icinga2_cluster_icingaweb2_vagrantThe DB IDO feature offers an integrated ‘high availability‘ mode. As such it ran on the zone master in a HA zone setup, which confused users. We still think that a shared database using a virtual IP address is the best default setting, but you can choose to disable the HA functionality on all nodes by editing the DB IDO config like this:

object IdoMysqlConnection "ido-mysql" { enable_ha = false }

The DB IDO programstatus table requires the additional endpoint_name column to ensure that there’s only one active node populating the database, even in a split-brain failure scenario in an HA zone.
The high availability functionality has been added to the notification feature but in a different fashion. Similar to check load balancing inside a cluster zone, notifications are now load balanced too. If you prefer to maintain redundancy when sending notifications, set enable_ha = false in the NotificationComponent configuration (details on the documentation).
 
 

2.1.0 Changelog

Find details on the issues on https://dev.icinga.com/versions/199
Changes

  • DB IDO schema upgrade required! New schema version: 1.11.7
  • RPMs install the schema files into `/usr/share/icinga2-ido*` instead of `/usr/share/doc/icinga2-ido*` #6881
  • Information for config objects using `icinga2-list-objects` script #6702
  • Add Python 2.4 as requirement #6702
  • Add search path: If `-c /etc/icinga2/icinga2.conf` is omitted, use `SysconfDir + “/icinga2/icinga2.conf”` #6874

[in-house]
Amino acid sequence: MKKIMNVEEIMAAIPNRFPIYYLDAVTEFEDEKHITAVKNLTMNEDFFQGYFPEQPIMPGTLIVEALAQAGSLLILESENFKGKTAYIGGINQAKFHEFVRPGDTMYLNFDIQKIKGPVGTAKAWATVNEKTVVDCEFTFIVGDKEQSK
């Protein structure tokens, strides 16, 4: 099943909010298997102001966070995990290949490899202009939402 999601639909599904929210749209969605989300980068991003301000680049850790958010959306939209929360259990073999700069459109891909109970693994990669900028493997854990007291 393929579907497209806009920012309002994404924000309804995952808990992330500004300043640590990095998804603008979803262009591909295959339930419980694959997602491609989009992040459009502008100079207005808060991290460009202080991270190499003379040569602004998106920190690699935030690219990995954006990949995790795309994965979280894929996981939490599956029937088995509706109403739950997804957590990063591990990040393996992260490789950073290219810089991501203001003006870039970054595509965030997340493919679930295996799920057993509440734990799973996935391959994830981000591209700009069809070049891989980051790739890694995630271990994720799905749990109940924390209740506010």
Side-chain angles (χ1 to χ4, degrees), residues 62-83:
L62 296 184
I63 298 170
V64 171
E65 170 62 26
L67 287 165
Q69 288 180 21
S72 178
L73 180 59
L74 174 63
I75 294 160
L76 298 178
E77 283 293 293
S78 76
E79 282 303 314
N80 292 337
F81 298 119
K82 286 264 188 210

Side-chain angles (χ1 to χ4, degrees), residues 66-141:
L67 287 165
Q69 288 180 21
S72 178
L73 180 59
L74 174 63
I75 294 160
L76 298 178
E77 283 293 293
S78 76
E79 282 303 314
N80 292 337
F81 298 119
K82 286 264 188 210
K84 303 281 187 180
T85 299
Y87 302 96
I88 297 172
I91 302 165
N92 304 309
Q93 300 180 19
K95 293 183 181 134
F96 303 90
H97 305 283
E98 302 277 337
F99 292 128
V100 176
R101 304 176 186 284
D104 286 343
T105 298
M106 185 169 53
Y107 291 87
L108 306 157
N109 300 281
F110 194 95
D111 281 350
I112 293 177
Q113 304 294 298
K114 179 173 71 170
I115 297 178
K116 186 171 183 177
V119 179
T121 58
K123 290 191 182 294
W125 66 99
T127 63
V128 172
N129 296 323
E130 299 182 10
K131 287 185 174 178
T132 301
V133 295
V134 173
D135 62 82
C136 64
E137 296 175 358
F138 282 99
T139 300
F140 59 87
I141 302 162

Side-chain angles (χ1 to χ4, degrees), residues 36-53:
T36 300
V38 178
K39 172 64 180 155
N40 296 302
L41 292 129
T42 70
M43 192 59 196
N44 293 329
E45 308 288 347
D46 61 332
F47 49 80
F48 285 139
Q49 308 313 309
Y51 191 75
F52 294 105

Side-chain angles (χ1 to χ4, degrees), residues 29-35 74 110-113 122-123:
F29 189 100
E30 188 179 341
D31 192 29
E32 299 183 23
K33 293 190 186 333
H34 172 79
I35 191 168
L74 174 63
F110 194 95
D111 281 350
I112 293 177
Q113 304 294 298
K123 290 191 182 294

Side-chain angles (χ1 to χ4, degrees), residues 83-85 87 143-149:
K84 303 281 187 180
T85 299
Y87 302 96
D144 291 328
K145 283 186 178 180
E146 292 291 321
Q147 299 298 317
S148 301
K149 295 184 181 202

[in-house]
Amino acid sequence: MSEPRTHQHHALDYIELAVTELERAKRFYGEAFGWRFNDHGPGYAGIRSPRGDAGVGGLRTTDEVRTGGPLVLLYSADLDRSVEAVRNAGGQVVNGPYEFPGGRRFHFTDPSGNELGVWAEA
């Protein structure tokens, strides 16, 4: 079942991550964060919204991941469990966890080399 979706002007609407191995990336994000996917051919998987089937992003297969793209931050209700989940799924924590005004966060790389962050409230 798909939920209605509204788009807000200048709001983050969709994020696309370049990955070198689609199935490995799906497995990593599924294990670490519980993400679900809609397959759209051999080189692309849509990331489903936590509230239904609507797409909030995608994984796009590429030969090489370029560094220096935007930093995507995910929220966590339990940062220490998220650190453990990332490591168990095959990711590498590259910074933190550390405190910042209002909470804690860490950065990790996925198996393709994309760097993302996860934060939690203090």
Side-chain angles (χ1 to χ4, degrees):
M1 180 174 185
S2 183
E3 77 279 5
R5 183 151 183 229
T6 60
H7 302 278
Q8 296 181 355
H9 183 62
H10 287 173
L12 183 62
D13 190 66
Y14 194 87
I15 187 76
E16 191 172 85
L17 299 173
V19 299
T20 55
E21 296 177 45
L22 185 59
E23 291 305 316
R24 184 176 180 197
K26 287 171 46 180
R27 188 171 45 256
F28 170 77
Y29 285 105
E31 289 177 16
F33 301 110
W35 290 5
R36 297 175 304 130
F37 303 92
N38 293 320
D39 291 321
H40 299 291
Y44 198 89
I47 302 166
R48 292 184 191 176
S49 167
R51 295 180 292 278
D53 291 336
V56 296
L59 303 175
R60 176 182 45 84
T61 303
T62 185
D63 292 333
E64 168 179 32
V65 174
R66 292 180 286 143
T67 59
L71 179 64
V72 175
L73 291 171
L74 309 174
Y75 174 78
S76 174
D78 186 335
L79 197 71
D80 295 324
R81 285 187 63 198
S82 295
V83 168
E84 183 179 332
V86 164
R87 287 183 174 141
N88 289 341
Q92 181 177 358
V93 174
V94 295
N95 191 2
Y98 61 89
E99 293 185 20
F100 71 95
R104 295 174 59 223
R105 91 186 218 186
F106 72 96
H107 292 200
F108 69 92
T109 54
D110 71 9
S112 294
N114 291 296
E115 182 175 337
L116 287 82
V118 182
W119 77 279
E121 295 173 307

• Change log level for failed commands #6751
  • Notifications are load-balanced in a High Availability cluster setup (New config attribute: `enable_ha`) #6203
  • DB IDO “run once” or “run everywhere” mode in a High Availability cluster setup (New config attributes: `enable_ha` and `failover_timeout`) #6203 #6827
  • RPMs use the `icingacmd` group for /var/{cache,log,run}/icinga2 #6948

Issues

  • Bug #6881: make install does not install the db-schema
  • Bug #6915: use _rundir macro for configuring the run directory
  • Bug #6916: External command pipe: Too many open files
  • Bug #6917: enforce /usr/lib as base for the cgi path on SUSE distributions
  • Bug #6942: ExternalCommandListener fails open pipe: Too many open files
  • Bug #6948: check file permissions in /var/cache/icinga2
  • Bug #6962: Commands are processed multiple times
  • Bug #6964: Host and service checks stuck in “pending” when hostname = localhost a parent/satellite setup
  • Bug #7001: Build fails with Boost 1.56
  • Bug #7016: 64-bit RPMs are not installable
  • Feature #5219: Cluster support for modified attributes
  • Feature #6066: Better log messages for cluster changes
  • Feature #6203: Better cluster support for notifications / IDO